of Revelation!" shouted Bastin, in a kind of fury. "Moreover, I am not
like Bickley. I know enough of you and your hellish powers to believe
that what you plan, that you can do."

"I believe it also," sneered Oro. "But how comes it that the Great One
whom you worship does not prevent the deed, if He exists, and it be
evil?"

"He will prevent it!" raved Bastin. "Even now He commands me to prevent
it, and I obey!" Then, drawing the revolver from his pocket, he pointed
it at Oro's breast, adding: "Swear not to commit this crime, or I will
kill you!"

"So the man of peace would become a man of blood," mused Oro, "and kill
that I may not kill for the good of the world? Why, what is the matter
with that toy of yours, Preacher?" and he pointed to the pistol.

Well might he ask, for as he spoke the revolver flew out of Bastin's
hand. High into the air it flew, and as it went discharged itself, all
the six chambers of it, in rapid succession, while Bastin stood staring
at his arm and hand which he seemed unable to withdraw.

"Do you still threaten me with that outstretched hand, Preacher?" mocked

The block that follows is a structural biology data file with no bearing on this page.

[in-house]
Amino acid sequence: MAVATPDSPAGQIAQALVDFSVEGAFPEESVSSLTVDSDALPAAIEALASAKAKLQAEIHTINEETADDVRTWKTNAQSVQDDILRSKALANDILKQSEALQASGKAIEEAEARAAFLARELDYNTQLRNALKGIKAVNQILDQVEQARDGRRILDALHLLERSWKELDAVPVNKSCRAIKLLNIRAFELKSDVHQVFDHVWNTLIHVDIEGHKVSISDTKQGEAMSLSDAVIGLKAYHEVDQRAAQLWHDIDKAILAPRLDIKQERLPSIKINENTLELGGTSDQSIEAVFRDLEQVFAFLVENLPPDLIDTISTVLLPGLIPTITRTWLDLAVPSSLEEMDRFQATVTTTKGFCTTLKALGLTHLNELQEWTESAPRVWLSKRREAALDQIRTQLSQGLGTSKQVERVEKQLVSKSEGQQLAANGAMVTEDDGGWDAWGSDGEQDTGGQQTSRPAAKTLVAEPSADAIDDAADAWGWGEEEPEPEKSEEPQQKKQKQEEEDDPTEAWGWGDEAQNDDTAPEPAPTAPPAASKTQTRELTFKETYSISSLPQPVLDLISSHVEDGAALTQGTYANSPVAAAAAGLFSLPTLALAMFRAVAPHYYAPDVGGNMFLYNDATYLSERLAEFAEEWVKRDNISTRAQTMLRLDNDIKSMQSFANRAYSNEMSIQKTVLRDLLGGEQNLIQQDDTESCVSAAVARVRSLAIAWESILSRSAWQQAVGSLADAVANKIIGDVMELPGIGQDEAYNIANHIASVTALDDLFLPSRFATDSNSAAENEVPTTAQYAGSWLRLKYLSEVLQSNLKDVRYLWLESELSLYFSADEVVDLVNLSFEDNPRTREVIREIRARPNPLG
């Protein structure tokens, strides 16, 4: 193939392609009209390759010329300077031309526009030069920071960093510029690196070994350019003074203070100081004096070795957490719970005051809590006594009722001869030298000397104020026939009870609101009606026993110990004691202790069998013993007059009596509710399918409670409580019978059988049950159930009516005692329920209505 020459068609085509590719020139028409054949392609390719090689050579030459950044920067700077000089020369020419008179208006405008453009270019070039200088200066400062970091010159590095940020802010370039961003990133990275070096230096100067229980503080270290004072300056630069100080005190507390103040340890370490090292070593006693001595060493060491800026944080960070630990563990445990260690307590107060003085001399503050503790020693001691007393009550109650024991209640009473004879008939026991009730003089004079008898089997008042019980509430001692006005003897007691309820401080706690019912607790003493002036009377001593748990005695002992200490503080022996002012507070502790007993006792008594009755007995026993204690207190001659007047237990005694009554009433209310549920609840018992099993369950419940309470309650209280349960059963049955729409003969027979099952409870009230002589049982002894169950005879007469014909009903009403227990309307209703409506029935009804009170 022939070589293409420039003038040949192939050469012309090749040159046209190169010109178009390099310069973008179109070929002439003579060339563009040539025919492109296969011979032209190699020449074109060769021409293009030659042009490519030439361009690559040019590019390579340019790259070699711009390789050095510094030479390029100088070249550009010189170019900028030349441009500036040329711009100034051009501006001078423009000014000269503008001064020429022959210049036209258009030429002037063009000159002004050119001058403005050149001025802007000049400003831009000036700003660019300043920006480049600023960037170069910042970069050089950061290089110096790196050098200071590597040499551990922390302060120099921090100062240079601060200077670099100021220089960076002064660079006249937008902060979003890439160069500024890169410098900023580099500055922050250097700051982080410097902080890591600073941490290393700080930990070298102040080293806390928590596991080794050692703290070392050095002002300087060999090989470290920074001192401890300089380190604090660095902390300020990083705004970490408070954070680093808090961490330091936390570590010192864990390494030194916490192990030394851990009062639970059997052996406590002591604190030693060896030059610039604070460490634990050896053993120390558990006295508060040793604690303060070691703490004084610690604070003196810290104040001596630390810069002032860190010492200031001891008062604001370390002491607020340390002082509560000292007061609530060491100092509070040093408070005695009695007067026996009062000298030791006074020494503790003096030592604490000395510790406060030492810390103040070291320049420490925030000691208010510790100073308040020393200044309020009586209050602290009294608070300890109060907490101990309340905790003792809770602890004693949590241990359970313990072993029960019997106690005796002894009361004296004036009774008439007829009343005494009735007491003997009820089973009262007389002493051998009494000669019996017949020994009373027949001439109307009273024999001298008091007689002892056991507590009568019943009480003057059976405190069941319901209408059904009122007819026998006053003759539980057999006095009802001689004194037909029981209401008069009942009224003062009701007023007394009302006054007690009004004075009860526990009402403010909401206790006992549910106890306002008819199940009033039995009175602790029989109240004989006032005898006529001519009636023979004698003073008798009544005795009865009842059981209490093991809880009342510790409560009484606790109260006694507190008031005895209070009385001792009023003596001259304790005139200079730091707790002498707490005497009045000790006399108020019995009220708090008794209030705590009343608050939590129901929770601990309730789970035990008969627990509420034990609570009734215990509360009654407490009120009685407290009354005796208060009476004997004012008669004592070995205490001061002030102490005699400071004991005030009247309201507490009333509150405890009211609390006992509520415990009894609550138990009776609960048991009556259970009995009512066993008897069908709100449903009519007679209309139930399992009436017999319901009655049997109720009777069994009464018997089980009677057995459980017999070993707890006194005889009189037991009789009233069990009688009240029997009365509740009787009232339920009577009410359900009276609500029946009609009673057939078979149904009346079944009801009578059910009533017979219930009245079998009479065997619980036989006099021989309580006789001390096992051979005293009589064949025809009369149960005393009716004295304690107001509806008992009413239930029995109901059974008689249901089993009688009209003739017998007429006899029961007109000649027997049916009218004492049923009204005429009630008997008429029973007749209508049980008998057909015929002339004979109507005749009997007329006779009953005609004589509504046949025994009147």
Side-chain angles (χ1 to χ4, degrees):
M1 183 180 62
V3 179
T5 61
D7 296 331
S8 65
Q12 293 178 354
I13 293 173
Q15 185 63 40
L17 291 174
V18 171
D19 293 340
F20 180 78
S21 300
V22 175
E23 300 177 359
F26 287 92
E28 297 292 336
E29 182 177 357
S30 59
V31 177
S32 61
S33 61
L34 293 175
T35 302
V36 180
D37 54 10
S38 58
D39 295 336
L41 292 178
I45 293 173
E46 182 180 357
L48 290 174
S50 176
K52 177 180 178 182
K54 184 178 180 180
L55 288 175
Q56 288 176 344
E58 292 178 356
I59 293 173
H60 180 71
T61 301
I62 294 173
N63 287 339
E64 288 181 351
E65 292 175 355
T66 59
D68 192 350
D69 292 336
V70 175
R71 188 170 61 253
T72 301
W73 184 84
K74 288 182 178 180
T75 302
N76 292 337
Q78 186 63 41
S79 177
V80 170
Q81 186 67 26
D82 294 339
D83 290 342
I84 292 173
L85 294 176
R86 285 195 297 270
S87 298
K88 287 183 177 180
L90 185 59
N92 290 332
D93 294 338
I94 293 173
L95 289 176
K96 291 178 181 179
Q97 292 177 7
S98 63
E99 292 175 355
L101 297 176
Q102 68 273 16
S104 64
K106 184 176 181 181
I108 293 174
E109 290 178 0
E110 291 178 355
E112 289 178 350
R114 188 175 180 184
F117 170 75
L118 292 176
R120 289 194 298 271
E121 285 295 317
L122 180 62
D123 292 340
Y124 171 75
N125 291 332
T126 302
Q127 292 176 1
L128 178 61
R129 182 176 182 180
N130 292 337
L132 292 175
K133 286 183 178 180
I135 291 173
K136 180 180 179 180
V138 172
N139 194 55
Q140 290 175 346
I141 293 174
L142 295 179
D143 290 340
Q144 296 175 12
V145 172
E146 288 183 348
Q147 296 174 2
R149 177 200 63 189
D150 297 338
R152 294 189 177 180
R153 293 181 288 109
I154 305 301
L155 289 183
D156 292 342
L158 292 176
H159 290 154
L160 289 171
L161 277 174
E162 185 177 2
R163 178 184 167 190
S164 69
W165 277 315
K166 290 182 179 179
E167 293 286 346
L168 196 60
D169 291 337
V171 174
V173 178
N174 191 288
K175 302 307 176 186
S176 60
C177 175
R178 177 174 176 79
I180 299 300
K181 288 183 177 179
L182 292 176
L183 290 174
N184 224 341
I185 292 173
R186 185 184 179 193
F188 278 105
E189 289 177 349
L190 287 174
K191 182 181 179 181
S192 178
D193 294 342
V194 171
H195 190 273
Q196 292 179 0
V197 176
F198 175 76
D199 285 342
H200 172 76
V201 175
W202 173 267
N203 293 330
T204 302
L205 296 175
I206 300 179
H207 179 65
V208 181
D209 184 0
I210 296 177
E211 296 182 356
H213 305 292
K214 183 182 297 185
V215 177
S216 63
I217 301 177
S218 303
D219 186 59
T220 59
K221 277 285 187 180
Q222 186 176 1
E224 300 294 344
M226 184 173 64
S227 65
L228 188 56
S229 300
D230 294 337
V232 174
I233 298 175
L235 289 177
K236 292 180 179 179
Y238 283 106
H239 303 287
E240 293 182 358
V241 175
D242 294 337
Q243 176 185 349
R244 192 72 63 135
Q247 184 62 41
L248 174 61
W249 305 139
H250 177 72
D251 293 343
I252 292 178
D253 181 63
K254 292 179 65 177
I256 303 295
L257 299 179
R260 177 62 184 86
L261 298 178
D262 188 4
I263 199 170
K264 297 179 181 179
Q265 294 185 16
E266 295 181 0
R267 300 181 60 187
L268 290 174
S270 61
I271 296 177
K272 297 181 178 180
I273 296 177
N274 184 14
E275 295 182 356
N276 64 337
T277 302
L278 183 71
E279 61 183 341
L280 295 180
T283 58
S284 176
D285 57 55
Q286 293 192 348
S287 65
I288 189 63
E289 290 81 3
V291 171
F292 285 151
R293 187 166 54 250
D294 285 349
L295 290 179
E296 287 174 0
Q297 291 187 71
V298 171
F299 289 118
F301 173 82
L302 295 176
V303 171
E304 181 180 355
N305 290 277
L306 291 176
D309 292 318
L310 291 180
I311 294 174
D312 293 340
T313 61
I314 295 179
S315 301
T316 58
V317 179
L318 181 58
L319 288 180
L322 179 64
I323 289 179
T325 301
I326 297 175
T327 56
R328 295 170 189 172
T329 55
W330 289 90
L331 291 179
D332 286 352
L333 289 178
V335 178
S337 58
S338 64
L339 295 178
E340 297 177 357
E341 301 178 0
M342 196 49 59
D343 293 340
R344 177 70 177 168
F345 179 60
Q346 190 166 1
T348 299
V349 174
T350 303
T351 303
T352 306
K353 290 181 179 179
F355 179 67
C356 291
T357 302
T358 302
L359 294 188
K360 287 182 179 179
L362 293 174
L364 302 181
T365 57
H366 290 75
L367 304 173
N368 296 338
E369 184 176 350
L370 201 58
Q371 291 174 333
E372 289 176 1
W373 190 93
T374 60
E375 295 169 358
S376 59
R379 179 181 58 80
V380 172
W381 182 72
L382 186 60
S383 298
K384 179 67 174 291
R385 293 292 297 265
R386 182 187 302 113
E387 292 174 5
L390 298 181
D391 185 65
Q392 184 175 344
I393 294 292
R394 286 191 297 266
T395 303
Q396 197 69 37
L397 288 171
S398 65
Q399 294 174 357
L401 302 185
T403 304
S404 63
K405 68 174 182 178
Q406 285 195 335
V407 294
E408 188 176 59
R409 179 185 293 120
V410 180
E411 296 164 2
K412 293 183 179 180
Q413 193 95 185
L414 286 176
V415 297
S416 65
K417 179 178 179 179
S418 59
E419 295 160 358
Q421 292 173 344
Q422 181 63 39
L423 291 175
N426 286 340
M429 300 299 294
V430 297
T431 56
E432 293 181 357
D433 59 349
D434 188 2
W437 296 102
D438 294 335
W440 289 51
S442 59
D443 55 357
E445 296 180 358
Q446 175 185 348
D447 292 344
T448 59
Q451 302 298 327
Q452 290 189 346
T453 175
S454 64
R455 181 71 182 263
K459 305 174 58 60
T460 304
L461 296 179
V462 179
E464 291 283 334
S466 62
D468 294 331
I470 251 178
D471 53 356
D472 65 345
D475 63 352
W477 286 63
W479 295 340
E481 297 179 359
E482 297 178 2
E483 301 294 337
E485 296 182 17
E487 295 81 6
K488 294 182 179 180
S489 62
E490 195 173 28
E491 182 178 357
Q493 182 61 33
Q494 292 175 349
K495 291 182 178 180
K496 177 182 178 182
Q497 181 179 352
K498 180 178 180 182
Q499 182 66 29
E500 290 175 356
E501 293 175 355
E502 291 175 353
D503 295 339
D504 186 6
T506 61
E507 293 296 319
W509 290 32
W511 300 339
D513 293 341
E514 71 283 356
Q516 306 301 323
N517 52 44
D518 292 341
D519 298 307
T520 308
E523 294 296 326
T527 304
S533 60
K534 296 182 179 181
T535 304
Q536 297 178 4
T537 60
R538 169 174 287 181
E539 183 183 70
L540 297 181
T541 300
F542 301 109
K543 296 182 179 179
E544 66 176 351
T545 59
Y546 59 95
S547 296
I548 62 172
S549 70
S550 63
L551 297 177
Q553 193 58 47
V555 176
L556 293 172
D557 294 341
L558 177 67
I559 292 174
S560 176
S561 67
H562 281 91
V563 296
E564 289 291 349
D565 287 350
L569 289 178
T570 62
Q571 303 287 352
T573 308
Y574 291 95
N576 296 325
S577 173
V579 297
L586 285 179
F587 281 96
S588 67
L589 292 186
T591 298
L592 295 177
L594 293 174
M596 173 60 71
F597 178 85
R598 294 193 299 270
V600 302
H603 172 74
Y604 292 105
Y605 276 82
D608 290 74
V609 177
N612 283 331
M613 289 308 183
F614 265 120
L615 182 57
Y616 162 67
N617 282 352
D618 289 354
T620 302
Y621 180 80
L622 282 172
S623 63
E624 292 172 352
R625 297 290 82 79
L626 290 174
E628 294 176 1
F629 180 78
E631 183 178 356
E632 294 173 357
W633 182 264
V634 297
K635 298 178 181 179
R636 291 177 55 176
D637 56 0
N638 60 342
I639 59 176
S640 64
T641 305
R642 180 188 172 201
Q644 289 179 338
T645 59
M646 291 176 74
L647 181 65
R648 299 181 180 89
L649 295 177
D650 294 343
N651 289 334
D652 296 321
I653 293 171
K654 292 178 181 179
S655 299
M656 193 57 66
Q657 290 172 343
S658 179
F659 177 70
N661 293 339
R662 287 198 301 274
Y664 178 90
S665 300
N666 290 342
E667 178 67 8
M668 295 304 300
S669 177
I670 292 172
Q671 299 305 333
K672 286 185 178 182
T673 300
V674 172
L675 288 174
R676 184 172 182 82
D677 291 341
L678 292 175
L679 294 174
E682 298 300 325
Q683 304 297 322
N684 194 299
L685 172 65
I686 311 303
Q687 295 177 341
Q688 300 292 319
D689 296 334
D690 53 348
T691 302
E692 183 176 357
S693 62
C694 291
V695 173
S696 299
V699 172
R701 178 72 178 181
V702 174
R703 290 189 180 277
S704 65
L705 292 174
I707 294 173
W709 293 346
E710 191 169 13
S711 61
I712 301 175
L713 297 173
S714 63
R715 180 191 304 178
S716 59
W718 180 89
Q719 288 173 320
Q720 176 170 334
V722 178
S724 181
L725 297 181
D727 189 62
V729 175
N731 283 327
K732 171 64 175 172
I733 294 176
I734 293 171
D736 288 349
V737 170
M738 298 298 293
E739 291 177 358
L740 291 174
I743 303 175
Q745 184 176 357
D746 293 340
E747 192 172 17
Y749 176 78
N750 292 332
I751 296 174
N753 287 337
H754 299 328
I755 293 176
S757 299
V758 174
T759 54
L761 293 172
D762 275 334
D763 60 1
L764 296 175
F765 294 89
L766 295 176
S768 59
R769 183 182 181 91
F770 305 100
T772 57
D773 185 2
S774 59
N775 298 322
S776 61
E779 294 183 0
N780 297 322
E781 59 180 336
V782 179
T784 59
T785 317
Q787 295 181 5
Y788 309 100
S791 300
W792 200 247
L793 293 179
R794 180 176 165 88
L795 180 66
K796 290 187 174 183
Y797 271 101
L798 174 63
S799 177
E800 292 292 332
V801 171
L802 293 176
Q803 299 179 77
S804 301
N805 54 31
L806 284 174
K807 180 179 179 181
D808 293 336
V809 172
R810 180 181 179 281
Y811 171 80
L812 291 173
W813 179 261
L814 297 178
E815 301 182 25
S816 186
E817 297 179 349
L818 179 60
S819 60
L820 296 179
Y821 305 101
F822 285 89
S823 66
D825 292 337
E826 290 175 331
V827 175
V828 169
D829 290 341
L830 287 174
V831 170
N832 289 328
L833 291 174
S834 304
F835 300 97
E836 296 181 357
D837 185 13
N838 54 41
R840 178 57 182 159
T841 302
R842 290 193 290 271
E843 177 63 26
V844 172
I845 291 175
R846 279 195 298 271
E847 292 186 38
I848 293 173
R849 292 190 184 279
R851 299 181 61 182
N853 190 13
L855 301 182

Oro.

"I can't move it," said Bastin; "it seems turned to stone."

"Be thankful that you also are not turned to stone. But, because your
courage pleases me, I will spare you, yes, and will advance you in my
New Kingdom. What shall you be? Controller of Religions, I think, since
all the qualities that a high priest should have are yours--faith,
fanaticism and folly."

"It is very strange," said Bastin, "but all of a sudden my arm and hand
are quite well again. I suppose it must have been 'pins and needles' or
something of that sort which made me throw away the pistol and pull the
trigger when I didn't mean to do so."

Then he went to fetch that article which had fallen beyond the dais, and
quite forgot his intention of executing Oro in the interest of testing
its mechanism, which proved to be destroyed. To his proposed appointment
he made no illusion. If he comprehended what was meant, which I doubt,
he took it as a joke.